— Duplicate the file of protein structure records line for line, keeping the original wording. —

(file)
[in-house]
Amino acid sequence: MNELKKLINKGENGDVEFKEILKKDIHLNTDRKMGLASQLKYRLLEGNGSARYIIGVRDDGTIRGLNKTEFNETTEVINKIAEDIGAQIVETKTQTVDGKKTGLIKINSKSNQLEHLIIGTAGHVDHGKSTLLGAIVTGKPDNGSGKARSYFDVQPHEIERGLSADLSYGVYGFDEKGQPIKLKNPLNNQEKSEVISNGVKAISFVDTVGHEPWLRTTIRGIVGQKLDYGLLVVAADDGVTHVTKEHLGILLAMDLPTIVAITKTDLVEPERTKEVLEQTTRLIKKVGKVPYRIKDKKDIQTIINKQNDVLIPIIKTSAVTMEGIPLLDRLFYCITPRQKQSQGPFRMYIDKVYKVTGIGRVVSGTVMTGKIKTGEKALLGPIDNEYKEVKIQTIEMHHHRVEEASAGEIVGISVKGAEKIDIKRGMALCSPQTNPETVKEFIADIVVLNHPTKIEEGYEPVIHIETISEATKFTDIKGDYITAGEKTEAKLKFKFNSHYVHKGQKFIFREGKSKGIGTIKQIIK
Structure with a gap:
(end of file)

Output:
[in-house]
Amino acid sequence: MNELKKLINKGENGDVEFKEILKKDIHLNTDRKMGLASQLKYRLLEGNGSARYIIGVRDDGTIRGLNKTEFNETTEVINKIAEDIGAQIVETKTQTVDGKKTGLIKINSKSNQLEHLIIGTAGHVDHGKSTLLGAIVTGKPDNGSGKARSYFDVQPHEIERGLSADLSYGVYGFDEKGQPIKLKNPLNNQEKSEVISNGVKAISFVDTVGHEPWLRTTIRGIVGQKLDYGLLVVAADDGVTHVTKEHLGILLAMDLPTIVAITKTDLVEPERTKEVLEQTTRLIKKVGKVPYRIKDKKDIQTIINKQNDVLIPIIKTSAVTMEGIPLLDRLFYCITPRQKQSQGPFRMYIDKVYKVTGIGRVVSGTVMTGKIKTGEKALLGPIDNEYKEVKIQTIEMHHHRVEEASAGEIVGISVKGAEKIDIKRGMALCSPQTNPETVKEFIADIVVLNHPTKIEEGYEPVIHIETISEATKFTDIKGDYITAGEKTEAKLKFKFNSHYVHKGQKFIFREGKSKGIGTIKQIIK
Structure with a gap: